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Hello Cruel World, Hello Vital Read

February 13th, 2007     by Stacey May Fowles     Comments

“Hi, I’m Kate Bornstein. I’m nearly sixty years old, and a lot of people think I’m a freak for a lot of reasons. I wrote this book to help you stay alive…the world is healthier because of its outsiders and outlaws and freaks and queers and sinners. I fall neatly into all those catagories, so it’s no big deal to me if you don’t…”


I read a lot of books. Some are good and some are bad, but it’s rare that a book hits me with so much meaning and relevence as Kate Bornstein’s Hello Cruel World: 101 Alternatives to Suicide for Teens, Freaks and Other Outlaws (Seven Stories Press.) Bornstein is no stranger to being an outlaw - she’s spent her life as a sexual outsider and written some groundbreaking books about struggling with and battling the status quo, and she’s changed many lives in the process. 101 Alternatives is her attempt to “help you stay alive.” The premise is simple: Bornstein thinks the world needs more kind people in it regardless of who or what they are and what they do, and she wants those people to stay alive - and she’s created a list of 101 things to do instead of dying. The result is not as heavy-handed as the title suggests - instead she’s created a fun, brilliant and powerful book for everyone who’s felt like they just didn’t fit. This is not the kind of advice you’ll get in a high school counselor’s office- alternatives include “Get Laid Please,” “Ignore the Golden Rule” and “Shatter Some Family Values.” Bornstein recognizes that the blanket morality we’re suffocating under doesn’t fit everyone, and that living is certainly more vital than following someone else’s rules. She only asks that you be kind, regardless of the rules you choose to live by.

101 Alternatives is an empowering, candid and realistic approach to living while feeling like a freak, something that Bornstein has some experience with. As a self-proclaimed gender outlaw, Bornstein comes from a place of knowledge and honesty, delivering her lessons without judgment and revealing the flaws in a system that seeks to make us feel badly about ourselves. The book is worth a read for the her refreshing and non-judgmental take on “Hot Sex Tips and Dating Advice for Young Folk” alone: “When you follow these rules, you get to toss out your older rules about sex. You are chock full of yummy sexual energy, and you can share it safely, sanely, respectfully and consensually whenever and with whomever you like.”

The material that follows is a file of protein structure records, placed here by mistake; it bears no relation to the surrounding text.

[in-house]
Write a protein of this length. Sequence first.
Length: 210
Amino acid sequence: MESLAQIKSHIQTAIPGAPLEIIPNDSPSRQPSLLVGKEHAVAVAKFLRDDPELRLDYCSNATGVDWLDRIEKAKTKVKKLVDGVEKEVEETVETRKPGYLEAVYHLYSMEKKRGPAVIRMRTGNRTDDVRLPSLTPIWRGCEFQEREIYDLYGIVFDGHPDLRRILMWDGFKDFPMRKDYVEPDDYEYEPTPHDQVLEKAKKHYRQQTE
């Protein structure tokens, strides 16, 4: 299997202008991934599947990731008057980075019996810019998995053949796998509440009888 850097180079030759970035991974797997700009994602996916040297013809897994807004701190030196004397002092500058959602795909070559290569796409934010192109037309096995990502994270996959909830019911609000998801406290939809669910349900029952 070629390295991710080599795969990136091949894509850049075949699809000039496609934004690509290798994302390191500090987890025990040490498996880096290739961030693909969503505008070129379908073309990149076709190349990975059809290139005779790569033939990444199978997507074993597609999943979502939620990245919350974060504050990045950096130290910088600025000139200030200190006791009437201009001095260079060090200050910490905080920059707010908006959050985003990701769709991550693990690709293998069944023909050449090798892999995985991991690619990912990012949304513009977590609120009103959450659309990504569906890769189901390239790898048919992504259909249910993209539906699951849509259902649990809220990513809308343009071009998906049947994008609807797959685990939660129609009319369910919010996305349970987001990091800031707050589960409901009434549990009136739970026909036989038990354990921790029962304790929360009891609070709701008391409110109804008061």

How’s that for groundbreaking sex advice for teens?

Although the book is technically offering alternatives to suicide, it is also offering alternatives to feeling bad about who you are because we live in a culture, media and society that has tried real hard to keep you in line by making you feel that way. Instead, Bornstein asks us to “imagine the world as a place where anyone can safely and even joyfully express themselves the way they’ve always wanted to.”


Tags: activist report, advice, bibliothèque, body politics

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